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Reverend Harper: “Have you ever tried to persuade him that he wasn’t Teddy Roosevelt?”
Abby Brewster: “Oh, no.”
Martha Brewster: “Oh, he’s so happy being Teddy Roosevelt.”
Abby Brewster: “Do you remember, Martha, once, a long time ago, we thought if he’d be George Washington, it might be a change for him, and we suggested it.”
Martha Brewster “And do you know what happened? He just stayed under his bed for days and wouldn’t be anybody.”

–”Arsenic and Old Lace”

By Barry Rubin

Here’s what you need to know about the current U.S. debate on energy. Stick with me through some numbers and we’ll arrive at a very important conclusion.

According to the U.S. Energy Information Administration (EIA), the official government agency for such statistics, world energy consumption will rise by 53 percent between 2008 and 2035, mostly due to increased non-Western use. Petroleum—and this is according to Obama’s “employees,” will only decline from 34 percent in 2008 to 29 percent of the total world energy use over that period.

In other words, over the next almost quarter-century, only 14 percent of current petroleum usage will be replaced by all other fuels, including algae, nuclear, solar, vegetable, and wind. And because overall consumption is rising, oil consumption will actually rise from 85.7 million barrels a day in 2008 to 111.2 in 2035.

What does this tell us?

Despite all of the vast amounts of money plowed by government decision into alternative energy sources, the transition away from petroleum will take a century and will go very slowly. During our lifetimes, oil production will be increasing.

–Given rising demand, insecurity of supply, and the using up of currently exploited reserves, prices should remain strong. Even if the current Iran war scare evaporates, there will be plenty of crises in the Middle East to maintain that insecurity.

–The advantage of private enterprise is that companies and businesspeople have an incentive to produce innovations and new technology if they can make a profit on it. This system has worked very well in American history.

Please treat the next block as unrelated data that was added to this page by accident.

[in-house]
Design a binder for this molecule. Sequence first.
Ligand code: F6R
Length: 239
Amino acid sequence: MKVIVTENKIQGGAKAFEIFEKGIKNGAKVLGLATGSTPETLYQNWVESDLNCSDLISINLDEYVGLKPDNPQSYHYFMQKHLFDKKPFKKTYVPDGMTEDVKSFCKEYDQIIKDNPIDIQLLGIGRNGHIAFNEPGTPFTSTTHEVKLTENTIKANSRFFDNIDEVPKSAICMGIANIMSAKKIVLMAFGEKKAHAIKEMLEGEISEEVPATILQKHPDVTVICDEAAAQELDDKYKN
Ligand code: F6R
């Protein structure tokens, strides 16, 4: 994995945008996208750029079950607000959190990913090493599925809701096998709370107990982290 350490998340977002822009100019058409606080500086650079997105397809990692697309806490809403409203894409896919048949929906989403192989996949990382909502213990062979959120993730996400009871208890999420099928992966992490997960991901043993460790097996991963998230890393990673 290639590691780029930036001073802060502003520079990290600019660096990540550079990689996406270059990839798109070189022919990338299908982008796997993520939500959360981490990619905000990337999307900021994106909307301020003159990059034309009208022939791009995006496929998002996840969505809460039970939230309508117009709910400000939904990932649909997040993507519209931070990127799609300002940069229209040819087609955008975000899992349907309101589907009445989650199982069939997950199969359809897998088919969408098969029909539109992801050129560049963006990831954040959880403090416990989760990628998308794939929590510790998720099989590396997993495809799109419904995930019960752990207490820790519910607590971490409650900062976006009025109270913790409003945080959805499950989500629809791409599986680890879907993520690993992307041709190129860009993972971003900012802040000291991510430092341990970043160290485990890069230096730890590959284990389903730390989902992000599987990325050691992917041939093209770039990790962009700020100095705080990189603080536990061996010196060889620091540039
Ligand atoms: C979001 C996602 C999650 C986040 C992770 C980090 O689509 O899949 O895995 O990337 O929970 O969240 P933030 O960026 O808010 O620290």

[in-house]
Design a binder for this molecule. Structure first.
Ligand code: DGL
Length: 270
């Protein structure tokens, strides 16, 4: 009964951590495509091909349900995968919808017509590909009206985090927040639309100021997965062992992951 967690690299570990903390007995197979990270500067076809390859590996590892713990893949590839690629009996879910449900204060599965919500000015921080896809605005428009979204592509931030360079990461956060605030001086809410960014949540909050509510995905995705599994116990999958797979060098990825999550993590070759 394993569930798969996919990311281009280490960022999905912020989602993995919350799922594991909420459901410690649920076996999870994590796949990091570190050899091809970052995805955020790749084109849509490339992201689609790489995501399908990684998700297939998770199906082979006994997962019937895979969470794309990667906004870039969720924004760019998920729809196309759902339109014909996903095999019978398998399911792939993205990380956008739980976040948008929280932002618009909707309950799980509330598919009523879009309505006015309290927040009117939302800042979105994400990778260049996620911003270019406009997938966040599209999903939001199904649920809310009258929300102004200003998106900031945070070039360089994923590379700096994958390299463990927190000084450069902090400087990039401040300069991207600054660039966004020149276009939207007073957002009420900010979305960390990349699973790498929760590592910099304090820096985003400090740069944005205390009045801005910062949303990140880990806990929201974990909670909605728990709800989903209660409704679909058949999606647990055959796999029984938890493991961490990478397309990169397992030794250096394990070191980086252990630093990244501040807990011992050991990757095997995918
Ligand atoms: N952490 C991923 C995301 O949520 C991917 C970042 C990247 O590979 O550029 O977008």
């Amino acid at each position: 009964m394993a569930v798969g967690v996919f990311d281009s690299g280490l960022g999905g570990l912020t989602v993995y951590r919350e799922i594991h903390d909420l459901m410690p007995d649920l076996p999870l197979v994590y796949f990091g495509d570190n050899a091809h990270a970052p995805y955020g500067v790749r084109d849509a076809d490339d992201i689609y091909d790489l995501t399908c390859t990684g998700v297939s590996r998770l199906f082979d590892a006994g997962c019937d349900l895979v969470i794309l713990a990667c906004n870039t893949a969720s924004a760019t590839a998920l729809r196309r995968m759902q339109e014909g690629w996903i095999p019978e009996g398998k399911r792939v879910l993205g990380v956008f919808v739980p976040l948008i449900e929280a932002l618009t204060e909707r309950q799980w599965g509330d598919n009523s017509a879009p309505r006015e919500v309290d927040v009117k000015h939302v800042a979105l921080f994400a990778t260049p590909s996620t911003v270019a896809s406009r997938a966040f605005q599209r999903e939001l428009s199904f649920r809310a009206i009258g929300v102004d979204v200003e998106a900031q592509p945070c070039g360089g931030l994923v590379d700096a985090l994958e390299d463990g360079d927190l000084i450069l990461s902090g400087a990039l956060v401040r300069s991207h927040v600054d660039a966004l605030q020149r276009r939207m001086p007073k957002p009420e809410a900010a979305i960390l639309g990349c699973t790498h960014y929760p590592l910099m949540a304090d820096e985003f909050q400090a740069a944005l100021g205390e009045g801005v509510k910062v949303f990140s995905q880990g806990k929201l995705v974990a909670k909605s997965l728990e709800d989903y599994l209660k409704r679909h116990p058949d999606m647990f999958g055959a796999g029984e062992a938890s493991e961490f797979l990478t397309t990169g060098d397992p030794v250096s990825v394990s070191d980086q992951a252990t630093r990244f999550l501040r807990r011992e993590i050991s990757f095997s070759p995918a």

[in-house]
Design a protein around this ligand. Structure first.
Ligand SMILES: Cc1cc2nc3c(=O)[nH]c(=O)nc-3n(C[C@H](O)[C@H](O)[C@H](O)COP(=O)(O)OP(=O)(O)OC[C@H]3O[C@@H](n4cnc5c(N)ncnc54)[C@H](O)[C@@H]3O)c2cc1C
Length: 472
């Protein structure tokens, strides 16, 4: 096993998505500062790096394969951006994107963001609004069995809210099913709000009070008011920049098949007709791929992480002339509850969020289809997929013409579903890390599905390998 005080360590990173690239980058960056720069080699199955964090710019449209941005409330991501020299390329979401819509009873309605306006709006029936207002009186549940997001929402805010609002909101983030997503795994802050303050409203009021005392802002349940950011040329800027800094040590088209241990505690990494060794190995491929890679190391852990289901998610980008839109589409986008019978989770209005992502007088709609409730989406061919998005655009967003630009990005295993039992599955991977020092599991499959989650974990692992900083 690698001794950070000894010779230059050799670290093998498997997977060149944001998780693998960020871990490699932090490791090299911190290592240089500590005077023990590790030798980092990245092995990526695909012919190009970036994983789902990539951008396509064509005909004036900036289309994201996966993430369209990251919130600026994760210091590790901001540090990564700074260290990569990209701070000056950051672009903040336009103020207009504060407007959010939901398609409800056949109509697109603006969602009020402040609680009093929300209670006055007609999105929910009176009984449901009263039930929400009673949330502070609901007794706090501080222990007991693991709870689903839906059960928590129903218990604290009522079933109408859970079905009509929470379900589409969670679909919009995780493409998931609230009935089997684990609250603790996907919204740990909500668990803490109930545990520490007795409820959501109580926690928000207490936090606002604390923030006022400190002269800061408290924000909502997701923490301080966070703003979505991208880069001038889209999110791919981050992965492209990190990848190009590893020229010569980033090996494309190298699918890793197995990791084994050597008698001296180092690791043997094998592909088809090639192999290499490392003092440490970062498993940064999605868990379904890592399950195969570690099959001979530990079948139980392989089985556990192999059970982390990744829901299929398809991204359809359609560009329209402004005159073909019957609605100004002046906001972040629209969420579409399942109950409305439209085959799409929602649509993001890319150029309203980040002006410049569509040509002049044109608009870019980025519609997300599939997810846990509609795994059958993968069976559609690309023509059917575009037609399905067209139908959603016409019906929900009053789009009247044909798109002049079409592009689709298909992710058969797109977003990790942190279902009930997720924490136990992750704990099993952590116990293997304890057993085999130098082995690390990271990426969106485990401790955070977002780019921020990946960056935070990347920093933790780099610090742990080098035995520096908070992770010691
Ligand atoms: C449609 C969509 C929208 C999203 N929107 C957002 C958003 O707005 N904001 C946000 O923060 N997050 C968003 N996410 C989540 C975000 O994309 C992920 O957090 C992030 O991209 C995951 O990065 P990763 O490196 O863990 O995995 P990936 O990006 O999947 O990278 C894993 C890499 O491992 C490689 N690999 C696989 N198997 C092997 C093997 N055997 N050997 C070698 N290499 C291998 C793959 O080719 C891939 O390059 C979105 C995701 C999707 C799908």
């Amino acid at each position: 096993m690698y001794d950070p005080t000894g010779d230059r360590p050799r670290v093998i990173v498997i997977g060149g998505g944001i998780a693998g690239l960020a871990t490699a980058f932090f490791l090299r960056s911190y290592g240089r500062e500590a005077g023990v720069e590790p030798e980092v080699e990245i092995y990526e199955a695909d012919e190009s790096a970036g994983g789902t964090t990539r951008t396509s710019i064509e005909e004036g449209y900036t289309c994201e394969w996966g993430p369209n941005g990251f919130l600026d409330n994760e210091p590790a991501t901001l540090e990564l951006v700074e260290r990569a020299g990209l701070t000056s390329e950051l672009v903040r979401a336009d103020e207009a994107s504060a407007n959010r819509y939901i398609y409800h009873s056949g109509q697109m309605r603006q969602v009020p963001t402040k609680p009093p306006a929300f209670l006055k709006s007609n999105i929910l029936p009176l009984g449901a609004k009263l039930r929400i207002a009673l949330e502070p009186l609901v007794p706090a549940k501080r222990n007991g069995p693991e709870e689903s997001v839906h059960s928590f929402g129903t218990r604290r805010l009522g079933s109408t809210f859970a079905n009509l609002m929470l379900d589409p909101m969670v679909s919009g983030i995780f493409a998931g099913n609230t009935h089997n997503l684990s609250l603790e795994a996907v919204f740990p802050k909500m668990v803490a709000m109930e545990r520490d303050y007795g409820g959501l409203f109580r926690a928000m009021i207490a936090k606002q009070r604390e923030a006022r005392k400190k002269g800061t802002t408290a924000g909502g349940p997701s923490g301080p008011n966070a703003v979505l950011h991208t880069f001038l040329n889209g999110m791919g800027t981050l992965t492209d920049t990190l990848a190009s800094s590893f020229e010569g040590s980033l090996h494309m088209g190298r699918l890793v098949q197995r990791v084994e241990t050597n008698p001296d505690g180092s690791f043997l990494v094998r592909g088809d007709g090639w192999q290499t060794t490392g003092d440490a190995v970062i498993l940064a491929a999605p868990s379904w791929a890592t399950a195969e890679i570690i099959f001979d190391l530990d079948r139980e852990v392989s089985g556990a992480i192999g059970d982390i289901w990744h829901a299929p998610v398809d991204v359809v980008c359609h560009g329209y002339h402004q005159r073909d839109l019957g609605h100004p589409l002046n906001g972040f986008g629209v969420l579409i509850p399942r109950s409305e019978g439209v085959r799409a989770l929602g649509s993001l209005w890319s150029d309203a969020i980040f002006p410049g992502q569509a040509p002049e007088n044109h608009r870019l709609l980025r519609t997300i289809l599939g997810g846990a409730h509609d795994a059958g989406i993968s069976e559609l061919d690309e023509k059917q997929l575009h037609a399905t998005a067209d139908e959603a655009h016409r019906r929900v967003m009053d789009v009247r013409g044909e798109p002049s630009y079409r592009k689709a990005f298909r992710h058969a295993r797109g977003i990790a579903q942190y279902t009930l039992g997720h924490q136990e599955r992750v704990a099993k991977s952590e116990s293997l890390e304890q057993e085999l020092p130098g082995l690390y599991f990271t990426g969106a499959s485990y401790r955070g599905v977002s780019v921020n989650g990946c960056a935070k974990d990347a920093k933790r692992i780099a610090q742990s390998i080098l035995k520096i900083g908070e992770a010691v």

–That is why “green energy” companies will almost inevitably end in scandal and bankruptcy. The money can line the pockets of the executives favored by the Obama Administration but cannot magically produce successful businesses or make effective technology magically appear, especially within the short time needed to survive economically. Remember ethanol?

–There have been exceptional cases where government money did drive technology quickly—mainly in military and space applications—but remember that in those cases the government was the only consumer for such products. Thus, government subsidies and contracts were absolutely necessary, in contrast to consumer-directed projects where average Americans must be persuaded to buy things.

–To bash the auto and other industries by demanding unrealistic goals for mileage and scores of other regulations ensures bankrupt companies, the flight of American business abroad or the rising market share of imports, unemployment, the massive waste of taxpayer money, and products nobody wants to buy. Example: the Volt.

–Say what you like but ten years from now we will all be laughing or gasping in astonishment that man-made global warming hysteria ever existed. See: global overpopulation scare and global cooling scare, among others.

–Any country that can produce more of its energy and refuses to drill and develop these resources is run by nincompoops. It will lose out on the money to be made, remain dependent on unreliable foreign sources, toss away jobs, and shred its wealth. The same applies to a country that rejects the construction of a normal pipeline linking it to its neighbor to the north. Remember that even if drilling takes a few years to produce results, it will—unlike the competition–produce results and will do so far faster than wind, solar, algae, corn, etc.

–When the president of the United States says—as Obama just did in Florida–that drilling is a stupid policy proposed by his opponents for producing more oil and that he has high hopes for totally nonexistent algae technology, it is time for the men in the white jackets to come on stage with a straitjacket.

–If the voters buy such nonsense then the asylum might have to be extended to cover the entire country.

Source for statistics: Paul Rivlin, “Oil Market Prospects and Tensions in the Gulf,” IQTISADI: MIDDLE EAST ECONOMY,” Vol. 2, No. 2 February 2012.

Barry Rubin is director of the Global Research in International Affairs (GLORIA) Center and editor of the Middle East Review of International Affairs (MERIA) Journal. His book, Israel: An Introduction, has just been published by Yale University Press in January. Latest books include The Israel-Arab Reader (seventh edition), The Long War for Freedom: The Arab Struggle for Democracy in the Middle East (Wiley), and The Truth About Syria (Palgrave-Macmillan). The website of the GLORIA Center is at and of his blog, Rubin Reports,   

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